Alongside this, 51.64 percent of drivers admitted they are clueless when it comes to the speed restrictions, with female drivers (65.47 percent) more uncertain than men.
Interestingly, older drivers are less confident overall, with 57.12 percent of those over 55 revealing they don’t know the legal speed limits, in comparison to 40.23 percent of those aged 16 to 24.
As you’d expect, the speed limits whilst towing a trailer are notably lower than restrictions for other vehicles:
60mph - motorways and dual carriageways
50mph - single carriageways
30mph - built up areas
Also, whilst over half of drivers (51.45 percent) are unaware of this, when on the motorway, a car towing a caravan is not permitted to use the right-hand lane and must stay to the left where possible.
Driving in bad weather conditions can be difficult, but when towing a caravan, it can also be dangerous.
As the UK is known for having unpredictable weather, we wanted to find out how confident drivers feel when caravans are on the road.
Our survey revealed that 62.10 percent of drivers would feel unsafe towing a caravan in windy conditions. Whilst over a third (37.81 percent ) of drivers don’t feel safe driving behind or alongside a caravan on the motorway.
Google search data also supports this claim, with queries around how to tow a caravan in strong wind rising by 120 percent in the last month.
Whilst it may sound obvious, the first thing to consider during windy conditions is whether you actually think it's safe to travel.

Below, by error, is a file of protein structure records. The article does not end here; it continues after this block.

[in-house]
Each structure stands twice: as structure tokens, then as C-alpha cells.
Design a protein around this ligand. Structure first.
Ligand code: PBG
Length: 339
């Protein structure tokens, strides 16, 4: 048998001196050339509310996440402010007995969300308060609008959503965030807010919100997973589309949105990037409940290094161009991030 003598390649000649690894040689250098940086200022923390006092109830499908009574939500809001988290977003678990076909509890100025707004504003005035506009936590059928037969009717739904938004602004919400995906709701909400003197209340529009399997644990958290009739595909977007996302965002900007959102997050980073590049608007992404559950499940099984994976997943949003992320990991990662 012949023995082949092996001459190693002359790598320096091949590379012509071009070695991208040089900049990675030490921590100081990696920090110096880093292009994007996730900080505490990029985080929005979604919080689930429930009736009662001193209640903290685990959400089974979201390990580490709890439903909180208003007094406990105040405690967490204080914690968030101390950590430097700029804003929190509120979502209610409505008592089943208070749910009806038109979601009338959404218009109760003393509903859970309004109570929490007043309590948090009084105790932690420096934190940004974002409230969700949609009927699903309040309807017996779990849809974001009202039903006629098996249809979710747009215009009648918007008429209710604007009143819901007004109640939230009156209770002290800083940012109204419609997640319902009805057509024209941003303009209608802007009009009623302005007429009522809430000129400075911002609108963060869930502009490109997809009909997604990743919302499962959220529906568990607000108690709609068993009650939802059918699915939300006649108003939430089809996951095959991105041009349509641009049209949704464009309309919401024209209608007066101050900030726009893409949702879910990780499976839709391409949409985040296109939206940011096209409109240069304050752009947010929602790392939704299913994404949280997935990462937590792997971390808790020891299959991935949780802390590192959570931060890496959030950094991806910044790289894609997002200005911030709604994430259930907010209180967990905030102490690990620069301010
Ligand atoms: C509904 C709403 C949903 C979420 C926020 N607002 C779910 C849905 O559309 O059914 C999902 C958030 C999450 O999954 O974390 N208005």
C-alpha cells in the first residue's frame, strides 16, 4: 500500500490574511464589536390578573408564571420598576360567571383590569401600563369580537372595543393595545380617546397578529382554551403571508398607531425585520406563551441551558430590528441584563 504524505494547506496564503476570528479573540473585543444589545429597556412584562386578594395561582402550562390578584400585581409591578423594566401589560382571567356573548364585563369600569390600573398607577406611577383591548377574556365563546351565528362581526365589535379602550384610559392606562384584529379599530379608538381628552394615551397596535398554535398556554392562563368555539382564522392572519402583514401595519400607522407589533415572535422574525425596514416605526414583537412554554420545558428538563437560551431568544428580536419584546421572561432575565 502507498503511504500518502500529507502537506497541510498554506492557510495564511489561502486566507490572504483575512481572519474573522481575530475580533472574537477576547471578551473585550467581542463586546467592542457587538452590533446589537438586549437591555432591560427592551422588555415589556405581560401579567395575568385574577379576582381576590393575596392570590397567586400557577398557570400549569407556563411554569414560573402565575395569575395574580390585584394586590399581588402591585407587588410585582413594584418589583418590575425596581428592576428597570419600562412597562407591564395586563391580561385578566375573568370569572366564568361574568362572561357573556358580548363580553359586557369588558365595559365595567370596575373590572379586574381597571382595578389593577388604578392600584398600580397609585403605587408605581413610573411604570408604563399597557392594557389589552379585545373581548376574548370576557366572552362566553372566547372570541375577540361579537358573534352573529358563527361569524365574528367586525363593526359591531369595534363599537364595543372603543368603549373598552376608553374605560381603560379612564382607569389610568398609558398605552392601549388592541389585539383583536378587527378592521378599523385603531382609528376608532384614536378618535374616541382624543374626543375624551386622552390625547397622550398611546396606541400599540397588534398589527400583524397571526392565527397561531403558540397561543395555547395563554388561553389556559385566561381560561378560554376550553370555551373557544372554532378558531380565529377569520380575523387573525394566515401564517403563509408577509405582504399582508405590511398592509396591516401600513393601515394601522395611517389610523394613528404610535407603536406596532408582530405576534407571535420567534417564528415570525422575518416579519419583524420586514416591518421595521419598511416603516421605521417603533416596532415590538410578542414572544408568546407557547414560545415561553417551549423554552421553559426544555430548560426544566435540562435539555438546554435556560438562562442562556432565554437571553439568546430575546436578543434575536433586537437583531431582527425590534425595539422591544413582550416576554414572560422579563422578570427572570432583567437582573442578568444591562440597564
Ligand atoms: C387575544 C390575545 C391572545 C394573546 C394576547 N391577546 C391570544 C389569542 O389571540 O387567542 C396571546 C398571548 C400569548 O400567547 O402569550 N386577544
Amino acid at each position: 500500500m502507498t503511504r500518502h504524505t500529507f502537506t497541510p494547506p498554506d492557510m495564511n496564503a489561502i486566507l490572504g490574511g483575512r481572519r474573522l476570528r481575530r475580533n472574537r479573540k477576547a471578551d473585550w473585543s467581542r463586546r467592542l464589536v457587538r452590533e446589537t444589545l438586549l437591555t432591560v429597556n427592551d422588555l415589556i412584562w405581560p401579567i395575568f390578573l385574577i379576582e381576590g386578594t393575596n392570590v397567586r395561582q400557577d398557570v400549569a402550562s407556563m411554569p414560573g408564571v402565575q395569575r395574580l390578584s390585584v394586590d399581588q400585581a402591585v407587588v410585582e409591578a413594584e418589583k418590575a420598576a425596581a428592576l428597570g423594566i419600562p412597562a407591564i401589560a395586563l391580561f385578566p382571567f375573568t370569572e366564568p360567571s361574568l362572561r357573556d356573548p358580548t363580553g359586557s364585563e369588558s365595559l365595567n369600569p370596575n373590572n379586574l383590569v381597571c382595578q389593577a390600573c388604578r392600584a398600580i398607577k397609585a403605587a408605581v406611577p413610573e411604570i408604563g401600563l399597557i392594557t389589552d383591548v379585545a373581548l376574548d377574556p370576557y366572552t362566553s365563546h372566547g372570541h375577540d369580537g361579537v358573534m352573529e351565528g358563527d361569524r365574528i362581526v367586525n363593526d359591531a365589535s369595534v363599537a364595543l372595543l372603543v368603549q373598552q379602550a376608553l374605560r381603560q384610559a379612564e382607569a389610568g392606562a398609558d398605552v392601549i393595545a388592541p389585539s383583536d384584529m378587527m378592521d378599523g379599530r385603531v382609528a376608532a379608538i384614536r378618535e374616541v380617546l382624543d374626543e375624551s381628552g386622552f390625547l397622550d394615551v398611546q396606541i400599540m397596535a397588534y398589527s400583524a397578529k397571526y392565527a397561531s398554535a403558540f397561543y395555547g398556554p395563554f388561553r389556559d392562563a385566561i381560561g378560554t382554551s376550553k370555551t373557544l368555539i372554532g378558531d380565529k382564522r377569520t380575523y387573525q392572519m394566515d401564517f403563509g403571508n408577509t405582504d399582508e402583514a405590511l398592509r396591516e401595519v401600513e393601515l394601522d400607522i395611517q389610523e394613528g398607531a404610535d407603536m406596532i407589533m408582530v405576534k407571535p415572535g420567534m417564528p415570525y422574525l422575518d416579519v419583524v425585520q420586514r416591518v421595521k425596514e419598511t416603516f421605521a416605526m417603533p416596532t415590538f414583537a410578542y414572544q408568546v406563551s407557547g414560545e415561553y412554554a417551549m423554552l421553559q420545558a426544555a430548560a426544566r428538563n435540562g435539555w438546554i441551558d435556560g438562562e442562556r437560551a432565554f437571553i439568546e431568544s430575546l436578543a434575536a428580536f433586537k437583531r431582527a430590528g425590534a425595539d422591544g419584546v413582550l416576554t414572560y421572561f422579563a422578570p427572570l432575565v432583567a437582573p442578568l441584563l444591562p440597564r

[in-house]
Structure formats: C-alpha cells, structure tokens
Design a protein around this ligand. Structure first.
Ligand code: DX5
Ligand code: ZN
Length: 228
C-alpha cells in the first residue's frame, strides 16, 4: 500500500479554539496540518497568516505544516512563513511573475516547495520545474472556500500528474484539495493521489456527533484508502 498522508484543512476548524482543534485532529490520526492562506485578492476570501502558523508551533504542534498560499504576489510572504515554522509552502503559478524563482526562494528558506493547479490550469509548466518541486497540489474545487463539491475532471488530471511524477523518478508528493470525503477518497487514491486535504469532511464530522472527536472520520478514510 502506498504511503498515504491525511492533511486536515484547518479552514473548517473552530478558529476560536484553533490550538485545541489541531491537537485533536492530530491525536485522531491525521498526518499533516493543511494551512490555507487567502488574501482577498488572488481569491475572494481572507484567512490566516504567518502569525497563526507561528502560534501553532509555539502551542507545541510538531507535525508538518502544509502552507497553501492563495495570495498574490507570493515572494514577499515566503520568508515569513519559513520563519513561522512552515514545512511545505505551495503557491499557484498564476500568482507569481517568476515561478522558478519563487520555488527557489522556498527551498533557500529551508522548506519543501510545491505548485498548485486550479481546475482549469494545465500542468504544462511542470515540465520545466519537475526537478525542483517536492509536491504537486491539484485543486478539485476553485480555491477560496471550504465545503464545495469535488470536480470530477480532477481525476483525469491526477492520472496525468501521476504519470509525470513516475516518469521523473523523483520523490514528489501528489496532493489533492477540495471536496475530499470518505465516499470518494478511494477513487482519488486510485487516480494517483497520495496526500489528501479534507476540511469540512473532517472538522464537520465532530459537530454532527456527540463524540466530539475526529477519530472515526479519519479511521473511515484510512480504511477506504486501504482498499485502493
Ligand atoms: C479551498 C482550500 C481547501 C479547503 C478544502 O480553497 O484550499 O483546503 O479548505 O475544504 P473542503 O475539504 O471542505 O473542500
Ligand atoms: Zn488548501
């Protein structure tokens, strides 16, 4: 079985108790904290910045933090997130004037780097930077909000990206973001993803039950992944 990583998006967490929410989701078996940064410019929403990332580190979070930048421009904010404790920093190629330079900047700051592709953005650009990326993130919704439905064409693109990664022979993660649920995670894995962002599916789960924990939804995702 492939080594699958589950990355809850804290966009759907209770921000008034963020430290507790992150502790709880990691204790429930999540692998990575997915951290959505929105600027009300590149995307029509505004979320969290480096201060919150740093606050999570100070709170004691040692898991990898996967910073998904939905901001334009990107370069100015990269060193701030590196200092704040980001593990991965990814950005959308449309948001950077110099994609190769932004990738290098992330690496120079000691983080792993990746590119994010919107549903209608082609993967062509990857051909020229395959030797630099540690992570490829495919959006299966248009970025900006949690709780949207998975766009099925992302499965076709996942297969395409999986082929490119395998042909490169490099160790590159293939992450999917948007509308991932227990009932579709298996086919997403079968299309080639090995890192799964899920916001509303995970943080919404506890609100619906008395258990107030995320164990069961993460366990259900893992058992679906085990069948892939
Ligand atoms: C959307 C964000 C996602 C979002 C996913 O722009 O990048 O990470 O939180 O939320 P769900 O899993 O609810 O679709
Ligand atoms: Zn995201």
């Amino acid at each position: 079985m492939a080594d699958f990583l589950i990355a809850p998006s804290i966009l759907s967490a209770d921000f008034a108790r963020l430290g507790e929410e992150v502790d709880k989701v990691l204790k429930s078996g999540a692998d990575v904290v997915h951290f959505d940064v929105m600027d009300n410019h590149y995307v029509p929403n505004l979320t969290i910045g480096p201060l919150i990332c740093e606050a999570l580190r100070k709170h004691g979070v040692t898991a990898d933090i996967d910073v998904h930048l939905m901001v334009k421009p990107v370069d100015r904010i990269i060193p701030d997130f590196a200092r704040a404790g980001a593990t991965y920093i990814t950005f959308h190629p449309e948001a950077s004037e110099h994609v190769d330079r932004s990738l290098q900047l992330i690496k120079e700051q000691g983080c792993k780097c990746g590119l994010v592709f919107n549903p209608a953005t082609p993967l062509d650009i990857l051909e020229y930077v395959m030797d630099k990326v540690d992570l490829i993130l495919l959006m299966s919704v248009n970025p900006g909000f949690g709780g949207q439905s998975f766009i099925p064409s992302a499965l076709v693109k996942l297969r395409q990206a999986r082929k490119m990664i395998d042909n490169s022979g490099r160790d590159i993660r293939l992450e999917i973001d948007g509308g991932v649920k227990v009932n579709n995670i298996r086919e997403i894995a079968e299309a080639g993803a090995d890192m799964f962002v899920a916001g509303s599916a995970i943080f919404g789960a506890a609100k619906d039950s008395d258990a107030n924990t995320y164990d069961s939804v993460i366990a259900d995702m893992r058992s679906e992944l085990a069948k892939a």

If you’re on a staycation, many sites will let you stay another night if it's not too busy, not to mention it's a good excuse to prolong your holiday.
However, if you do believe that you can brave the gusty winds and travel forth, then it’s a good idea to tow your caravan to a less exposed location. This should be done nice and early before the winds are due to descend.
Other basic precautions include, making your caravan more wind-resistant by placing heavy items on the floor of the caravan to weigh it down, and using storm straps to pin the caravan down.
Before you even start planning your journey, if you’ve recently bought a caravan or motorhome you need to check that your insurance covers you.
Over half of UK motorists (53.59 percent) don’t know whether their car insurance covers them to tow a trailer, and if this applies to you it’s worth giving your provider a call.
Whilst most car insurance policies will cover your vehicle while towing a caravan, they are unlikely to cover damage to your caravan in the event of a collision. Do check, but you'll probably find that caravans are specifically excluded in the policy.
Uswitch car insurance expert, Florence Codjoe, says: “If you’re one of the many drivers thinking of renting or buying a motorhome this year, it’s important you know what level of cover your insurance offers.
“It’s also essential you’re aware of the weight restrictions, speed limits, and safety regulations before you commit to a purchase. If you fail to comply and are involved in an accident, you’re unlikely to be covered by your insurance provider and could face a fine, along with points on your licence.”
If you’re confused about the type of cover you need, our guide to understanding different types of car insurance and policy options could help steer you in the right direction. Our top 10 tips to protect your car and cut insurance premiums are also helpful if you’re looking to save money and keep your vehicle safe.